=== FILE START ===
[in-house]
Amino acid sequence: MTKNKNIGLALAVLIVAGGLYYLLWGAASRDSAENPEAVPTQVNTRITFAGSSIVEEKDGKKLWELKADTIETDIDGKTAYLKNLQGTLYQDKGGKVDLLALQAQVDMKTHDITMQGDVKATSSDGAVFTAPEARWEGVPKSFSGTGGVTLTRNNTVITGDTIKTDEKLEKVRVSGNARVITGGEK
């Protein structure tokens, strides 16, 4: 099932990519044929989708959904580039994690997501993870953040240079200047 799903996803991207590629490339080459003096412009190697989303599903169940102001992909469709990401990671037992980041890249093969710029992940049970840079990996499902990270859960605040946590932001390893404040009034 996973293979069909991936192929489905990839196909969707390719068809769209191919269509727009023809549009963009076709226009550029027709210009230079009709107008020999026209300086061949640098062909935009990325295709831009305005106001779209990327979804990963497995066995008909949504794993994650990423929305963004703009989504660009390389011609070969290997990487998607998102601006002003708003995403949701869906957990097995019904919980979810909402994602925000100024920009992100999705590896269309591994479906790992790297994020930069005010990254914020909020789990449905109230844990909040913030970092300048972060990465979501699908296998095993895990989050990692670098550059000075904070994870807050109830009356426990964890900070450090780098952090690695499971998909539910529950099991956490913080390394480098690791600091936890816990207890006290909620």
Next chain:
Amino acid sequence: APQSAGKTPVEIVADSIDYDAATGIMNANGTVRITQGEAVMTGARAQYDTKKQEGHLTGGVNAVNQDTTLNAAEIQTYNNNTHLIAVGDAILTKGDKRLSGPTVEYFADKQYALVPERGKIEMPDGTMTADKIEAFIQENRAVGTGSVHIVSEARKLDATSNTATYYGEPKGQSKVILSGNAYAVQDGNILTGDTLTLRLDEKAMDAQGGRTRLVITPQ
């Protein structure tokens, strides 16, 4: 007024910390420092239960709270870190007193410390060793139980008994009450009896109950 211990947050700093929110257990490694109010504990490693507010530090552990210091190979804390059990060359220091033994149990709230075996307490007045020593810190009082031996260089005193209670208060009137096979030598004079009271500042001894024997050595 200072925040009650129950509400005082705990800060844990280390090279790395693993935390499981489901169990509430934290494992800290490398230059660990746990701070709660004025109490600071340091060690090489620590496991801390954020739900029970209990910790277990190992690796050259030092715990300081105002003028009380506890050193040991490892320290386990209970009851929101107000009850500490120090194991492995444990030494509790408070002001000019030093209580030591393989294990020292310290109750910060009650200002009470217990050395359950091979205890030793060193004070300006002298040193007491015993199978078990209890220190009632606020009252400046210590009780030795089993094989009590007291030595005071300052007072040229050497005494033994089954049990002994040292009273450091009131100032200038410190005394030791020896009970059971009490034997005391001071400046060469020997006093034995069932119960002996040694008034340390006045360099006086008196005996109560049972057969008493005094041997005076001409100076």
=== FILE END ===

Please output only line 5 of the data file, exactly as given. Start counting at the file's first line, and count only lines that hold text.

Amino acid sequence: APQSAGKTPVEIVADSIDYDAATGIMNANGTVRITQGEAVMTGARAQYDTKKQEGHLTGGVNAVNQDTTLNAAEIQTYNNNTHLIAVGDAILTKGDKRLSGPTVEYFADKQYALVPERGKIEMPDGTMTADKIEAFIQENRAVGTGSVHIVSEARKLDATSNTATYYGEPKGQSKVILSGNAYAVQDGNILTGDTLTLRLDEKAMDAQGGRTRLVITPQ